“We know this is an area we’ve been working hard on,” Velazquez said. “We’re being much more systematic.”
Finally, even as the district’s four-year graduation rate climbed to 80 percent, that conflicted with two other indicators about how well the city’s high schools are prepping students.
The percentage of graduates who enrolled in college within a year of receiving their diploma dropped dramatically, down to 59.7 percent from 65.3 percent a year prior. And the percentage of freshmen who are on track to graduate within four years also declined, down to 84.7 percent from 87.1 percent a year prior.
Achievement First Aces Advanced Placement
The Achievement First network, which includes students from Amistad and Elm City College Preparatory, made significant gains on the state’s assessment this year.
The state makes it tough to compare the charter network to other schools because it doesn’t list results by school; instead, it divvies up Amistad High School’s results into three separate districts in New Haven and Bridgeport.
But what’s clear is that a lot of the extra points that Achievement First scored last year came from the much higher percentage of high school students who are passing college-level exams.
Generally, the state is looking for students to score a 1010 on the SAT, an 85 on the ACT, a 3 on an Advanced Placement exam or a 4 on an International Baccalaureate exam, although there’s some minimums in each subject students also have to meet.
Within Achievement First, 50.5 percent of students who went to Amistad and 53.4 percent of students who went to Elm City College Prep are now meeting this benchmark.
“We’re really focused on ensuring our curriculum is geared to true college readiness, and that all students are being prepared for success at the college level,” said Amanda Pinto, the senior communications director for Achievement First. “As one example, the average AF high school student will take five Advanced Placement classes before they graduate, including a math AP and a science AP.”
The network also had some dips in graduation rates and chronic absenteeism, though. Pinto said she expected to see those metrics heading upward again, as the network works “to improve the student experience across our schools,” after a video of a principal shoving a student led to public reckoning about the school’s disciplinary practices.
Hamden Grapples With Absences
Overall, the Hamden School District fared about the same as the previous year, though in some areas it performed worse. Its accountability index was 71.8, compared to 72.0 in 2016-2017.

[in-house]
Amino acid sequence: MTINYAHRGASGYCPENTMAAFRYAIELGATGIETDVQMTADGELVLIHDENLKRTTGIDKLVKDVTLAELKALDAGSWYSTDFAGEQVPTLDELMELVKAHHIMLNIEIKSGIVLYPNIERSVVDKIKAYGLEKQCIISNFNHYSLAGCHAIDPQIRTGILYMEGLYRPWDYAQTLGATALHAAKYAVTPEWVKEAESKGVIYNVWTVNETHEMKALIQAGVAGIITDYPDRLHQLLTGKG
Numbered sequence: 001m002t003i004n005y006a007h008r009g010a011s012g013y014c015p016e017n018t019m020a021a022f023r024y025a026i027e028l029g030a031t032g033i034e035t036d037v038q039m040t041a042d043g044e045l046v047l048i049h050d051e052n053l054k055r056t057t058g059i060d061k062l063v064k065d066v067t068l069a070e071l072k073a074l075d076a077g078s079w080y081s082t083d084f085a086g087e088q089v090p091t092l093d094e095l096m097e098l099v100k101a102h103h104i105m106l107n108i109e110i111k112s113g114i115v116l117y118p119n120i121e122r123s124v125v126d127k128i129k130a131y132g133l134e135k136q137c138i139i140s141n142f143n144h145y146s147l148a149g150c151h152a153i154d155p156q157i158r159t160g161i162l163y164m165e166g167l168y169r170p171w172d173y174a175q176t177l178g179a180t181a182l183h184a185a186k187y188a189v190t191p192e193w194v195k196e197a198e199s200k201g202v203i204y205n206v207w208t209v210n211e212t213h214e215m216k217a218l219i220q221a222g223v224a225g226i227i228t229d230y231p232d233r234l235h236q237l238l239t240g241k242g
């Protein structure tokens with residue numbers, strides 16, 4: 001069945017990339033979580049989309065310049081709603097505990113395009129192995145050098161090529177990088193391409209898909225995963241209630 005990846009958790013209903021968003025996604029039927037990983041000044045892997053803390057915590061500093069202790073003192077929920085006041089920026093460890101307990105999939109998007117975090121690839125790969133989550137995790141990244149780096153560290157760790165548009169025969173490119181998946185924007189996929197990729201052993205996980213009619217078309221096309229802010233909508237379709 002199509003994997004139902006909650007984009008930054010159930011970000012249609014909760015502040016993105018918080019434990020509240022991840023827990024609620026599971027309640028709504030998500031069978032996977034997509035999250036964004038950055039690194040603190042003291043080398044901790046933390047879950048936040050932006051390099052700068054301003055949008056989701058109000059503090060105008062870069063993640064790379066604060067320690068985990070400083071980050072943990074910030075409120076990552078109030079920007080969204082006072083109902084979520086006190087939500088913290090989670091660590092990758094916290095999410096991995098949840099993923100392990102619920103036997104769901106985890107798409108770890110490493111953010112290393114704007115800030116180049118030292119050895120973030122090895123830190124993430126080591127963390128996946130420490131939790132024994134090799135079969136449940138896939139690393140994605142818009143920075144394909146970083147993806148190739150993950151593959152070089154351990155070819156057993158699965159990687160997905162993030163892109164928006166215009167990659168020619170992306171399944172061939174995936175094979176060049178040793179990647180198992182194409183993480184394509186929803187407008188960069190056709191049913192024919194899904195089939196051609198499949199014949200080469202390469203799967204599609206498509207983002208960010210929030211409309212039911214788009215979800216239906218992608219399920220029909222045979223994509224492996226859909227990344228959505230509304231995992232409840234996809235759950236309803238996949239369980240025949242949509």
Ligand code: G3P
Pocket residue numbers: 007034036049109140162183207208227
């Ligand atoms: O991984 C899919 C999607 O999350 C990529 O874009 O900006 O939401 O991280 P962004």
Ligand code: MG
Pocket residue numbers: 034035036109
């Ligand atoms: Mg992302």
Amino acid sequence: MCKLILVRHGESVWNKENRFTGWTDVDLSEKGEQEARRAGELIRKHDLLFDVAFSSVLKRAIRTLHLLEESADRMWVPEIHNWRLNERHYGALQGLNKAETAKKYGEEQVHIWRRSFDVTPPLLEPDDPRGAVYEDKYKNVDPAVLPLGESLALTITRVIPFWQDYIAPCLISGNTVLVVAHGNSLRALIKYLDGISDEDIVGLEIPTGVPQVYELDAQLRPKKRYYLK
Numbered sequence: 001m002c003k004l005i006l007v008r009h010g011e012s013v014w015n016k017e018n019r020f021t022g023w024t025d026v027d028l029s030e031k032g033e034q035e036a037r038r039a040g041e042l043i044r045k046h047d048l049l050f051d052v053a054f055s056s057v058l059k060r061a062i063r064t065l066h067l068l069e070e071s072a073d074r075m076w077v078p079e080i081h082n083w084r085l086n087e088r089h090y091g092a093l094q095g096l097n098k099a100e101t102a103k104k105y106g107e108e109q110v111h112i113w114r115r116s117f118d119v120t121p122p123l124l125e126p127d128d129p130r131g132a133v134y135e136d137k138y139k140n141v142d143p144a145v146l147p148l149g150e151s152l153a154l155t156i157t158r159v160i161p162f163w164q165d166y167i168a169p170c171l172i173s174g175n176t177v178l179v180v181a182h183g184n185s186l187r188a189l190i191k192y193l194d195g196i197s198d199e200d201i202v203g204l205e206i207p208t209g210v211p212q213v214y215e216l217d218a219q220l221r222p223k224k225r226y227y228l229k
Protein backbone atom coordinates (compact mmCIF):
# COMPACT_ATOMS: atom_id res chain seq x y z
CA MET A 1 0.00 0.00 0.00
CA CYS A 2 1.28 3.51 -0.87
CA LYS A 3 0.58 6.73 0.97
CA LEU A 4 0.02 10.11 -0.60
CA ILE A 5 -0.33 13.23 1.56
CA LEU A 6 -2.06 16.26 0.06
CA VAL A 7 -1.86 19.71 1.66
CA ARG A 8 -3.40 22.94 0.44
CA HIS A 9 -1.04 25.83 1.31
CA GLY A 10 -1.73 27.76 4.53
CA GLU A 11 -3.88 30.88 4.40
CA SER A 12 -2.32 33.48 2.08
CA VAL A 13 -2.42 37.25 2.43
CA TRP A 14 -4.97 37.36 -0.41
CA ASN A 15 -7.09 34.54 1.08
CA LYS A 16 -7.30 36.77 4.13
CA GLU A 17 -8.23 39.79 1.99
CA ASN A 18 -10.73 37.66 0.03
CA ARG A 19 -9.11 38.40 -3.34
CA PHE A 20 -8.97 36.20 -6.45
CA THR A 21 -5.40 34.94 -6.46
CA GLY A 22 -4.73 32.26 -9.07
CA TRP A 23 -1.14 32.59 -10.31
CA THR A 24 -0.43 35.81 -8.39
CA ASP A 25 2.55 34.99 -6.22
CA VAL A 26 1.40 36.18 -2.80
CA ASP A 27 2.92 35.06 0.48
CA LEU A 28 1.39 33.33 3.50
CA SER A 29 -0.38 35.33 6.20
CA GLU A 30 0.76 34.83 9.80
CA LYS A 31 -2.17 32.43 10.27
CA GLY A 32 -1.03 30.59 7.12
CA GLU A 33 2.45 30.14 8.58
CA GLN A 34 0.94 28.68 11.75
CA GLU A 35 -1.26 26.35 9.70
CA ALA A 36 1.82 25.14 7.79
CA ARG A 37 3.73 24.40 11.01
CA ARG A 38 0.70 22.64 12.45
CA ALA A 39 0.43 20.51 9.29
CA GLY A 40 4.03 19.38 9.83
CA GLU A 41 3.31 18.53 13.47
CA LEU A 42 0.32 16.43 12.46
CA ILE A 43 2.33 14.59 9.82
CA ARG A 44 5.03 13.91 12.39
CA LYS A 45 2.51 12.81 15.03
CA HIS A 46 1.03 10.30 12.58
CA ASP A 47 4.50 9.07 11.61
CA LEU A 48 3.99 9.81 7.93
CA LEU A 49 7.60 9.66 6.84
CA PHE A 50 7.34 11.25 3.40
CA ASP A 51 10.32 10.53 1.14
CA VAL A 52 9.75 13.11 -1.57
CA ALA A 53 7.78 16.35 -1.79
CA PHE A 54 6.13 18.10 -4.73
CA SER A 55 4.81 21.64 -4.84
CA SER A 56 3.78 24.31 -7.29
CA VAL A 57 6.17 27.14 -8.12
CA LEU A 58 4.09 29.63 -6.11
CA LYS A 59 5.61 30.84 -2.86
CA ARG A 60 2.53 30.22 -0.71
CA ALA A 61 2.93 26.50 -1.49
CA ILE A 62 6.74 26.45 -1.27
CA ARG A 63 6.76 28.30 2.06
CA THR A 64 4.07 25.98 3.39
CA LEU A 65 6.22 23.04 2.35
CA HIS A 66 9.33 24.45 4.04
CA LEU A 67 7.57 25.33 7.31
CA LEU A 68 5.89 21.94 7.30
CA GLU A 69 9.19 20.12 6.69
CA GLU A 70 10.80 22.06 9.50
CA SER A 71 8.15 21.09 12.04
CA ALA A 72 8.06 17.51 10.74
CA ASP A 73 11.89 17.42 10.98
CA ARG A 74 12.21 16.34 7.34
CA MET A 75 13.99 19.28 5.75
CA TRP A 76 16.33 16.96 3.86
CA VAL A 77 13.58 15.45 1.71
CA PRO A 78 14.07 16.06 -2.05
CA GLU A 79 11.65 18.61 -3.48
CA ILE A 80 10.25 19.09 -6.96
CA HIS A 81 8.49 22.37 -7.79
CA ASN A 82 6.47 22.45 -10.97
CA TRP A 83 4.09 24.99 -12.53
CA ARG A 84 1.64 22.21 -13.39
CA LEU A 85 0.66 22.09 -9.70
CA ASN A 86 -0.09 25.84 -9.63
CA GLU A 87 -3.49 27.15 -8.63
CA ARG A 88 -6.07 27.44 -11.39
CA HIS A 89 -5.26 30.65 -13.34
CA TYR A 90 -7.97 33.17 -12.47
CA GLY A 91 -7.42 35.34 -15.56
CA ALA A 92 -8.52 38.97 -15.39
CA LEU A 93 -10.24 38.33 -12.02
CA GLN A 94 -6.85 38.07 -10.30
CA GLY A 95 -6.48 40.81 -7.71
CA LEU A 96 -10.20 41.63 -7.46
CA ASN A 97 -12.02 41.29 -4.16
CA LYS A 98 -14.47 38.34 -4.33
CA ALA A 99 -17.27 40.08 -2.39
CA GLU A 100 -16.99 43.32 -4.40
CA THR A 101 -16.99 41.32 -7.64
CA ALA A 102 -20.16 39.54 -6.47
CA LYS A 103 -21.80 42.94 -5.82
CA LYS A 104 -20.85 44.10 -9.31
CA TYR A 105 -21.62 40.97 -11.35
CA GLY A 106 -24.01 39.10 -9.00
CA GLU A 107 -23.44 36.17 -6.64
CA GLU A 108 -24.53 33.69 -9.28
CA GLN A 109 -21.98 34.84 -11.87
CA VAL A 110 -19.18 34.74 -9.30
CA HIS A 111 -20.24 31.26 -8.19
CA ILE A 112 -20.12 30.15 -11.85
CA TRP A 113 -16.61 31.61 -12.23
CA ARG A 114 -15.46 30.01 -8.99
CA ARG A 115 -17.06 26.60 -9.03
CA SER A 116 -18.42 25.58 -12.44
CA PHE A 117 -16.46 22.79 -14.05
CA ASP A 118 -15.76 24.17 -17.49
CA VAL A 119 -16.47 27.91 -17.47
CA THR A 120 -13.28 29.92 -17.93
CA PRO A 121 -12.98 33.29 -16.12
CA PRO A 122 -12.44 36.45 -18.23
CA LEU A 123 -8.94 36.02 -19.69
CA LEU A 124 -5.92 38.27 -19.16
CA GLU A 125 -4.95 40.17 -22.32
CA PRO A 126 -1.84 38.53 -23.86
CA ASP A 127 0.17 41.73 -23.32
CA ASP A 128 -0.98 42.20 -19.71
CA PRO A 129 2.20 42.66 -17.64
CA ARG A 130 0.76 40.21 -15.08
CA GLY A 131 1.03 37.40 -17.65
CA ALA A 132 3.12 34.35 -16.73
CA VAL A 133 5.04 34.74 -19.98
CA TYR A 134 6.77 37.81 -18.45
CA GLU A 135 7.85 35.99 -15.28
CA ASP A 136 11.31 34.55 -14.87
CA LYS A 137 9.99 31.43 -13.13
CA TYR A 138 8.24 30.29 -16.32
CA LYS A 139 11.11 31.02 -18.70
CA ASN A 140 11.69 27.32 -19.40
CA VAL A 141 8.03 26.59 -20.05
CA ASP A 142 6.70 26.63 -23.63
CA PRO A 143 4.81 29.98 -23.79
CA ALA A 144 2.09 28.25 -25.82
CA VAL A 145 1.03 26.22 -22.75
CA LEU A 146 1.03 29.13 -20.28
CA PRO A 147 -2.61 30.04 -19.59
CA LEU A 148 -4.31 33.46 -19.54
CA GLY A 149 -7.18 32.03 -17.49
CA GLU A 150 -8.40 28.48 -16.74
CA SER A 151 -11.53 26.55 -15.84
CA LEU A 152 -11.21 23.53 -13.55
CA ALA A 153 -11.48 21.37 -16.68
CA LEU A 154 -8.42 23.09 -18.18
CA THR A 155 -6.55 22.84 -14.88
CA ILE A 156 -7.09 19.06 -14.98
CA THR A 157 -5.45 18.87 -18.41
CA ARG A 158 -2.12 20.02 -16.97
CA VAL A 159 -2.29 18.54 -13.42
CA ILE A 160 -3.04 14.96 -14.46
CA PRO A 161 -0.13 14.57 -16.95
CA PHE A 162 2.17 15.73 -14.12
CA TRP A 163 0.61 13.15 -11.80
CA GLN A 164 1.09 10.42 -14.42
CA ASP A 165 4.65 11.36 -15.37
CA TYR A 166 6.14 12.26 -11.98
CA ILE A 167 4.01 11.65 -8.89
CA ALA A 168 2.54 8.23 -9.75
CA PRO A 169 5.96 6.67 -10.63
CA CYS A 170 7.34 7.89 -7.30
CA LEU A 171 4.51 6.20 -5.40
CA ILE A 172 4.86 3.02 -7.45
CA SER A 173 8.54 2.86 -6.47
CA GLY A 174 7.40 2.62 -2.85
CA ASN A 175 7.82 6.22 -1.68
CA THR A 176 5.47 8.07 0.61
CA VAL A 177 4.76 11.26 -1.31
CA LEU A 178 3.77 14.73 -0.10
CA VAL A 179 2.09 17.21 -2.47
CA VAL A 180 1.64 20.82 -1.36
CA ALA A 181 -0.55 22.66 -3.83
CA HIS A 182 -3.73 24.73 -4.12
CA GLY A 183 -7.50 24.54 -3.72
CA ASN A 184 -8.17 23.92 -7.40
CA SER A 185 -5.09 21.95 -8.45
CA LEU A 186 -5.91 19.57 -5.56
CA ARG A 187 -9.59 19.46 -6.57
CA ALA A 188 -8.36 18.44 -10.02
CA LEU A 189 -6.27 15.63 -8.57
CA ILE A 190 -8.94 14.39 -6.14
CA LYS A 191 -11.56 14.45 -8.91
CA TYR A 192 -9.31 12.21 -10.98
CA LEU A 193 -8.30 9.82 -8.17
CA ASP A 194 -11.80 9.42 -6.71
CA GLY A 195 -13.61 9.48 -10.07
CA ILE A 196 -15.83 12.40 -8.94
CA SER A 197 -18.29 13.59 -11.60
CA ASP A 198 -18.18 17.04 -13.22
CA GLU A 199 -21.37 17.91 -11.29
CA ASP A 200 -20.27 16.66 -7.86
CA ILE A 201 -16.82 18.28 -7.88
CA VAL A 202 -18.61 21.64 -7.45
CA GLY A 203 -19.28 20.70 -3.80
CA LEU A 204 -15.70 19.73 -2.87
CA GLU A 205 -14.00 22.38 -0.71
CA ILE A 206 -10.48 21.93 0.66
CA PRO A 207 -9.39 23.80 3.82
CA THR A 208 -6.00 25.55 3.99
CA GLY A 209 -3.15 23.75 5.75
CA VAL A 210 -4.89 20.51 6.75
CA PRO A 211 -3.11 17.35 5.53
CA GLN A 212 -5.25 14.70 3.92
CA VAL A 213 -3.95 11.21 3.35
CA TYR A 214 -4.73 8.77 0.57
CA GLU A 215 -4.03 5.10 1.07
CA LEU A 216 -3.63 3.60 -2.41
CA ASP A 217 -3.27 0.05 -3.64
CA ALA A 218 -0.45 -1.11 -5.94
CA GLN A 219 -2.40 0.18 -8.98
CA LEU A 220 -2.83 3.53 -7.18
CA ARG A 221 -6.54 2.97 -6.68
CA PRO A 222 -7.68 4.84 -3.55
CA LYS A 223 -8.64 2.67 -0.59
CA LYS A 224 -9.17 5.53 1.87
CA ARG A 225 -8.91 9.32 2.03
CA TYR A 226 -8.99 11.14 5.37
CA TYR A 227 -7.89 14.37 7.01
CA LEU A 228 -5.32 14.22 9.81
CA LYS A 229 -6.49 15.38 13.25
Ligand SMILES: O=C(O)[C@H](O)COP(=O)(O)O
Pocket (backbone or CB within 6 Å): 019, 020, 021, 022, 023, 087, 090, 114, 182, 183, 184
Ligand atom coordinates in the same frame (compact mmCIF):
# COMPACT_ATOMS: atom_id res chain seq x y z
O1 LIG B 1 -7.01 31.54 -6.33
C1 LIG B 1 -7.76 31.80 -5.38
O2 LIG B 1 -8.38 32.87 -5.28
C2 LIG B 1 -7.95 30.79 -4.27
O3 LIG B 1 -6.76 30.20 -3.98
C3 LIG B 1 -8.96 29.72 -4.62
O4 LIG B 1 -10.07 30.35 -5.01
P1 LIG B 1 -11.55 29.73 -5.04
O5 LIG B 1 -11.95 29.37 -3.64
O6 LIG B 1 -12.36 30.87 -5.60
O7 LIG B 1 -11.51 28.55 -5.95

The highest-scoring school overall in the district was West Woods, at 81.3, while the lowest was Hamden Middle School, at 52.3.
Hamden’s lowest scoring elementary school was Shepherd Glen, at 61.4. That score contrasts dramatically with the previous year’s score of 75.3. The decrease was due in large part to much lower English language arts and math growth scores.
The category where Hamden lagged behind the state most significantly was in chronic absenteeism. Hamden has struggled with attendance recently, and in January, the district decided to make its reduction a priority for focus in the next three years. (Click here to read more about the Hamden School District’s goals.)
The district’s rates worsened last year. In 2017-2018, 15 percent of all students were chronically absent, while 20.9 percent of high-needs students fell in that category. In 2016-2017, those rates were 12.7 and 19.5 percent, respectively.
The middle school had the highest absenteeism in the district, with 18.3 percent overall and 25.2 percent for high-needs students. Every school in the district had higher overall chronic absenteeism than the previous year, except for Church Street, which decreased its rate from 13.4 percent to 11.1 percent.
Dunbar Hill managed to decrease the rate of absenteeism among high-needs students by 1.7 percent, though its overall chronic absenteeism increased slightly. That shift made it the only school where high-needs students had lower chronic absenteeism than the overall student body, though just barely by .1 percent.
The schools that struggled most with attendance were also the poorest. Hamden’s four Title I schools, where at least 40 percent of the students come from low-income families — Church Street, Helen Street, Ridge Hill and Shepherd Glen — had the highest absenteeism rates among elementary schools in the district.
The Wintergreen Interdistrict Magnet School, an ACES K-8 magnet, had exactly the same accountability index as last year: 61.6. It saw little change in its performance in English language arts and math, though it improved slightly on English and did slightly worse on math, both in actual test scores and in its students’ growth. Chronic absenteeism increased from 8.5 percent to 11.3 percent overall, and 11.4 percent to 14.2 percent for high-needs students.